The form of the argument helps to determine it is an invalid deductive type. The correctness of the antecedent (A) in the provided example is not sufficient by itself for the truth of the consequent (B). the structure of this sentence is just like the structure of deductively invalid arguments should be: if A, then B. A follows. Therefore, B. As a counterexample, I can recall another argument of the same type. “If Johnny Wright died of asthma, then Wright is dead now. Wright is dead today. Therefore, Johnny Wright died of asthma.” But the conclusion is not necessarily true.

Finally, I will provide a counterexample to support the idea the sentence is an invalid deductive type. I have developed a claim in which all informative sentences are absolutely true, but the conclusion is obviously false. “If there is any form of life on Mars, then humans can live on this planet. It was proven that some bacteria types exist on Mars. People of Earth can live on Mars.” However, we all know that human body has a different structure and needs. Unlike other species, humans require more elements that most probably are absent on Mars. So, we deal with an invalid deductive logic.

3. Argument construction.

The possession, ownership, and sale of handguns should be outlawed.

That is an alternative of my choice. When thinking about evidence to support my argument, I have recalled the events in American Schools such as Columbine when two kids shut innocent students and a couple of professors just in school. It happened in a daytime without any good reason. According to the official version, they were overloaded with the game violence after playing such shooting games as “Doom” and “Counter Strike”. However, the dad of one of the boys had an opened access to the weapon in his house. So, because of the law that allows anyone to carry weapon in that state in order to protect selves, the boys took the guns and committed that horrible crime. In the end, they committed a double suicide. From one hand, having a right to keep and use weapon legally makes it possible to defend our homes from thieves and other types of criminals. From the other hand, it endangers the life of the entire nation as anyone can carry a gun without thinking about further consequences.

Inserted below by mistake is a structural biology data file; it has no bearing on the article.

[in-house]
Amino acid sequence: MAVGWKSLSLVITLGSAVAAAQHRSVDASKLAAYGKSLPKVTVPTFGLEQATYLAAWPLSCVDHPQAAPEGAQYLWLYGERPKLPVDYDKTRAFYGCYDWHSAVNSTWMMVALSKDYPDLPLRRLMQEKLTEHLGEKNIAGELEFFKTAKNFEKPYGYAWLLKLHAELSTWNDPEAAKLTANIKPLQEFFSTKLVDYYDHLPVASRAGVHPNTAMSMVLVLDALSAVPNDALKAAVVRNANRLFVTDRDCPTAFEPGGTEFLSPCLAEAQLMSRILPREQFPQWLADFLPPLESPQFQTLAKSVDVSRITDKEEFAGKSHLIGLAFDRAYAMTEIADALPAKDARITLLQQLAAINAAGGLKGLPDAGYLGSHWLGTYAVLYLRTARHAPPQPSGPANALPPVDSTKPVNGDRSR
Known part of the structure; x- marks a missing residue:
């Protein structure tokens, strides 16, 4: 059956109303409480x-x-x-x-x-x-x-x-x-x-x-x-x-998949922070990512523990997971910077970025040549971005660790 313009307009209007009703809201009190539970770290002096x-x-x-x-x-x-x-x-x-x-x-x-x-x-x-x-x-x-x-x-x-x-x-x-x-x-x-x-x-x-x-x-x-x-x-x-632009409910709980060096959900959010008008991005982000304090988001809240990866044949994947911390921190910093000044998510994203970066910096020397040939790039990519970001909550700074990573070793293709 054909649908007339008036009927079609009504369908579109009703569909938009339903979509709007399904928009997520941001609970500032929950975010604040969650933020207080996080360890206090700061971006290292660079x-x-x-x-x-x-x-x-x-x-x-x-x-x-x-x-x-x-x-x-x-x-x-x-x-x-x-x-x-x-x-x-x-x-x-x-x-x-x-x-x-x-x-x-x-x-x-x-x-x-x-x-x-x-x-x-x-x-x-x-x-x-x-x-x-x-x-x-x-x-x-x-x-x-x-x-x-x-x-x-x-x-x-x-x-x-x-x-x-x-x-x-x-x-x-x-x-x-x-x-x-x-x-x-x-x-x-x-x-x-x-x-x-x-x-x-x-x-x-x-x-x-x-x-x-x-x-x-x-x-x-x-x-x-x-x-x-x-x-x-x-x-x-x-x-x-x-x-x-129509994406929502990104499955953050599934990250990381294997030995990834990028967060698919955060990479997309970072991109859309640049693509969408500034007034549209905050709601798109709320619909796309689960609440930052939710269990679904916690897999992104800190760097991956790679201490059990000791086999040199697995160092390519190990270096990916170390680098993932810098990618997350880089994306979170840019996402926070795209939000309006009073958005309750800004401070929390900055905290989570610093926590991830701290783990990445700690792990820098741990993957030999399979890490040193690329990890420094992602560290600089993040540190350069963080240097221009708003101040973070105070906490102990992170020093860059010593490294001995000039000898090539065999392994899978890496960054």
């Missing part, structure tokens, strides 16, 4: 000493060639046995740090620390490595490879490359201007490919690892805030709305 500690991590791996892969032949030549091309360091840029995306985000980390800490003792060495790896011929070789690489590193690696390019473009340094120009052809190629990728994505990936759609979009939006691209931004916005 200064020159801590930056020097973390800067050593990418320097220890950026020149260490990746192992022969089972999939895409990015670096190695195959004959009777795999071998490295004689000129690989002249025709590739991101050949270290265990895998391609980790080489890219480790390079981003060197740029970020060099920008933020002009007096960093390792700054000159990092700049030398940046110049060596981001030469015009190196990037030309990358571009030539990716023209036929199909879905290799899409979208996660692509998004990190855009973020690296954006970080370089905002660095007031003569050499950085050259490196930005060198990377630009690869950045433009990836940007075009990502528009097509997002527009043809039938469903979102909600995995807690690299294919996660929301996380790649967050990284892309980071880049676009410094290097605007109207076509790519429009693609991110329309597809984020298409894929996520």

So, if the possession, ownership, and sale of handguns is not outlawed in some parts of the United States, then everyone can carry a handgun and murder innocent people.

The possession, ownership, and sale of handguns is not outlawed in some parts of the United States.

Therefore, everyone can carry a handgun and murder innocent people.

I can prove that my argument is valid, so it is reasonable enough. In this case, the truth of the antecedent (A) is sufficient by itself for the truth of the consequent (B). I can claim that everybody can kill people because there is no law that forbids handing it over for free usage.

 

References

Brown, H. D. (1994). Teaching by Principles. Englewood Cliffs : Prentice Hall Regents.

Shaffer, C. (1989). A Comparison of Inductive and Deductive Approaches to Teaching

Foreign Languages. The Modern Language Journal. 73 (4): 395-403.

Thornbury, S. (1999). How to Teach Grammar. Harlow: Longman.